And on top of the biggies that are highlighted this time of year, two slighlty smaller questions, the detail ones, always loom large for me in December. First, how do I make Hanukkah meaningful, when Christmas is just so gosh darn distractingly fun and wonderful? And second, how do I coordinate celebrating both with both sides of the family, and still minimize any “lost time” with either?
This year, Hanukkah started the night before Thanksgiving, so we squeezed in our candle lighting between packing and cooking the stuffing we needed to drive to New York for Thanksgiving dinner. As I mentioned last month, we spend Thanksgiving with my Jewish family, so the gang was mostly there for the second night. And then we had three whole nights on a holiday weekend, a rare occurrence for Hanukkah. With Christmas so far in the future that gift lists haven’t even been written yet, we could fully concentrate on Hanukkah – no Christmas party invites to juggle between candle-lighting, and barely an ornament display between me and the Hanukkah decorations at Target. It has been a lovely, small holiday, with plenty of nights to share with Grampy, a few with cousins, and two with friends. And now it is over.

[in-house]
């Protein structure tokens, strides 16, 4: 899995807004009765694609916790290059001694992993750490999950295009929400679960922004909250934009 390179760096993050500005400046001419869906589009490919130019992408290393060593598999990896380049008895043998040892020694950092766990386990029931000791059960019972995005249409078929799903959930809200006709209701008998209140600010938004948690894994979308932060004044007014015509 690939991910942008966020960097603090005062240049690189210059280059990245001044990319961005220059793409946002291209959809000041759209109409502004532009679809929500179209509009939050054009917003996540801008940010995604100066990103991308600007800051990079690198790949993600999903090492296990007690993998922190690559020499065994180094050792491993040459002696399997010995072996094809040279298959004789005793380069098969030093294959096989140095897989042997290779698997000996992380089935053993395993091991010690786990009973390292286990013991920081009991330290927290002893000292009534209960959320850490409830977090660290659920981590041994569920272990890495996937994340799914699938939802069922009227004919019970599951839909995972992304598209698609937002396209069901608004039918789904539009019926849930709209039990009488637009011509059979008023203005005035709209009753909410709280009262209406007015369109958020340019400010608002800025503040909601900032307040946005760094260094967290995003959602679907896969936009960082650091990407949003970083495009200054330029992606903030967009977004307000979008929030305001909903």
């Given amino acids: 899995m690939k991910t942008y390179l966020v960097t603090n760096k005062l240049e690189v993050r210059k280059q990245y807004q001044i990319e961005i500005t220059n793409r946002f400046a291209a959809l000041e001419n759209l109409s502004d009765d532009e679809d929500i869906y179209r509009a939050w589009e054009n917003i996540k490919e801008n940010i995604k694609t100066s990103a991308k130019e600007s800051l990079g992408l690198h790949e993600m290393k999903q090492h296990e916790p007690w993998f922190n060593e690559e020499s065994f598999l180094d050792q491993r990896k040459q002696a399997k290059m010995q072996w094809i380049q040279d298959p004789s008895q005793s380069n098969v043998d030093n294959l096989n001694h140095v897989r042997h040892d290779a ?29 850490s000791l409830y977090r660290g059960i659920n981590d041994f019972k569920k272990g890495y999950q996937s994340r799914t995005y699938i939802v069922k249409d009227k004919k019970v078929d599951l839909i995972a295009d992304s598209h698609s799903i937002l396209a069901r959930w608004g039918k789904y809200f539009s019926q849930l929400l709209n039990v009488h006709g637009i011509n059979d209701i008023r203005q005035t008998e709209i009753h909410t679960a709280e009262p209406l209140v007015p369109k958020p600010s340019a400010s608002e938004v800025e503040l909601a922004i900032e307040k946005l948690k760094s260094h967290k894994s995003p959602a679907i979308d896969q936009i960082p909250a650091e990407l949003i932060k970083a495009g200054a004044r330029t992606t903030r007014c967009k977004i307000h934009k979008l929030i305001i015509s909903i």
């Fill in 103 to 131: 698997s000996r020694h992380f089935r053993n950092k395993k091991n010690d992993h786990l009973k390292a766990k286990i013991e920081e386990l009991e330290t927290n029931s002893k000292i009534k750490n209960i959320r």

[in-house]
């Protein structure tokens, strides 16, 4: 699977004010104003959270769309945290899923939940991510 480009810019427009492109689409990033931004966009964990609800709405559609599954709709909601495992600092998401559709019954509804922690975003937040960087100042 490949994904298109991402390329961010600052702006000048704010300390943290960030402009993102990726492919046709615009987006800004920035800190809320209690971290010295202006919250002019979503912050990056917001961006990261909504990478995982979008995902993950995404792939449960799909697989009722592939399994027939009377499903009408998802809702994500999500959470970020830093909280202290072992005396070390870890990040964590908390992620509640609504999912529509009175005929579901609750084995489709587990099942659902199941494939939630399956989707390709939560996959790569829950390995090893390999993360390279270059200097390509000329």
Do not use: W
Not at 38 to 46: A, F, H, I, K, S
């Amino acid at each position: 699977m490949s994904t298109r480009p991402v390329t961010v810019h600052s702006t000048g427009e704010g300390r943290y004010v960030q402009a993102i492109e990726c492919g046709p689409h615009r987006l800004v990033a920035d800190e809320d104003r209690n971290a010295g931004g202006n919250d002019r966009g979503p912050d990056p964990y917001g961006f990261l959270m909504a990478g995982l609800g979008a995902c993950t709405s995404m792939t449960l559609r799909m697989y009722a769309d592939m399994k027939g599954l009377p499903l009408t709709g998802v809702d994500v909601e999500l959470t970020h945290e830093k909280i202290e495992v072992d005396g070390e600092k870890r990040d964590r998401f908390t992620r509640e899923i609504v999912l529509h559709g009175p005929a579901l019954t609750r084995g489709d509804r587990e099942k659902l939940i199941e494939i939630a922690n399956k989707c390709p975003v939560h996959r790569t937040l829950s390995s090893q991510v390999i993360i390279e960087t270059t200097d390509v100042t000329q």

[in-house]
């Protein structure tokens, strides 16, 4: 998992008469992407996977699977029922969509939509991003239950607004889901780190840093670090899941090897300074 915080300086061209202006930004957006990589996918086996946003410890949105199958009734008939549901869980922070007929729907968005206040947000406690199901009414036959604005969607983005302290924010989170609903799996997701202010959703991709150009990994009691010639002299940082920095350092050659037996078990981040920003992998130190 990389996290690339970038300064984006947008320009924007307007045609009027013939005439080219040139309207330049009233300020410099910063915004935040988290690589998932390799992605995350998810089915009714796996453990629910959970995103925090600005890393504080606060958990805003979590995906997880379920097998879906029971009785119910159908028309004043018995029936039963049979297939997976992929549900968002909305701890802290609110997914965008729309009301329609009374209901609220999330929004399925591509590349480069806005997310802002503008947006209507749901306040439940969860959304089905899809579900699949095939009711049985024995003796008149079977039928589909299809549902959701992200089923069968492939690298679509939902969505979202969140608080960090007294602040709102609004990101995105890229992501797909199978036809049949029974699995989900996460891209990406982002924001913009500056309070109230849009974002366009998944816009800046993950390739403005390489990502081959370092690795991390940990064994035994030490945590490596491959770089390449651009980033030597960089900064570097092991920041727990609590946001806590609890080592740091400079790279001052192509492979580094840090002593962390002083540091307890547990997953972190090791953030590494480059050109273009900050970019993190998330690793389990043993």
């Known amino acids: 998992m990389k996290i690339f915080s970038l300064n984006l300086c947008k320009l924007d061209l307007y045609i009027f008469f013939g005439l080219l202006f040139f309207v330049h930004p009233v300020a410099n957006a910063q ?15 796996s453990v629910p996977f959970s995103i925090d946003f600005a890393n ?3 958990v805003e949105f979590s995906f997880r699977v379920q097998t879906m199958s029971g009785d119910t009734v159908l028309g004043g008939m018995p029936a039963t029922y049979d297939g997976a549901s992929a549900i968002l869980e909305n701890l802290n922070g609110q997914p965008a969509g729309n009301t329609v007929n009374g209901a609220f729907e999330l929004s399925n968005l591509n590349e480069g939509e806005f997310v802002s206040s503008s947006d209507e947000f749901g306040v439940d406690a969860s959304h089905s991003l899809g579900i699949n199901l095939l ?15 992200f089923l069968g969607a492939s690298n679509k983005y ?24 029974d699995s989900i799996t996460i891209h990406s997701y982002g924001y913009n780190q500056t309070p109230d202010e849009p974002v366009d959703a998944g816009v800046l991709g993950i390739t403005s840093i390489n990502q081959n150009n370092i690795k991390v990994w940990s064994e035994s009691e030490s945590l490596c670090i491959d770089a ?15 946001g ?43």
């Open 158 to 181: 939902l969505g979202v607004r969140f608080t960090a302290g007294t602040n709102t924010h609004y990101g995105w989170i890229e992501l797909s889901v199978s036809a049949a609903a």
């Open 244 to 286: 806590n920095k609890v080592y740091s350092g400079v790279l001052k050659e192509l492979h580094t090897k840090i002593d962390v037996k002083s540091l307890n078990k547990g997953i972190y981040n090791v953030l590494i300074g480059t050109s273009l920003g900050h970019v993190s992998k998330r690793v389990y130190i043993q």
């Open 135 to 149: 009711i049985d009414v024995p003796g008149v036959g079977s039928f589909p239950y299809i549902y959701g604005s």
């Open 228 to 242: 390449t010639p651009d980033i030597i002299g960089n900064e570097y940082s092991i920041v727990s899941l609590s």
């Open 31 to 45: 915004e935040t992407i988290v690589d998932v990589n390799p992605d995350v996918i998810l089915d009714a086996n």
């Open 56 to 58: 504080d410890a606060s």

Hanukkah is over, and I have three weeks to shop for stocking stuffers for my husband’s family, three weeks to scheme about which holiday events we’ll attend together when we visit them. It is almost like Christmas is in a different season. In our home, we talk about the importance of helping our Christian family celebrate Christmas, because it is an important and joyful holiday for them. This year, we’re done with our holiday, so we can fully focus on the help. Rather than choosing between one holiday or another, we did ours, and now we can move on to other things. My two detail questions are answered pretty neatly (although I will miss you on Christmas day, Dad!).
So it feels like I got an extra gift this December. And perhaps it is a reminder that even though we talk about a “dilemma,” in the end what most of us are trying to accomplish two things. First, to define our own nuclear family’s take on observance, and teach it to our kids with clarity and love. And second, between the long checkout lines and travel hassles and decisions about whether to light candles or strings of lights in our own homes, December is about balancing a whole lot of celebration and joy. If we focus more on the celebration and joy, maybe we can push the dilemma part of the equation off of center stage and into more of a supporting role.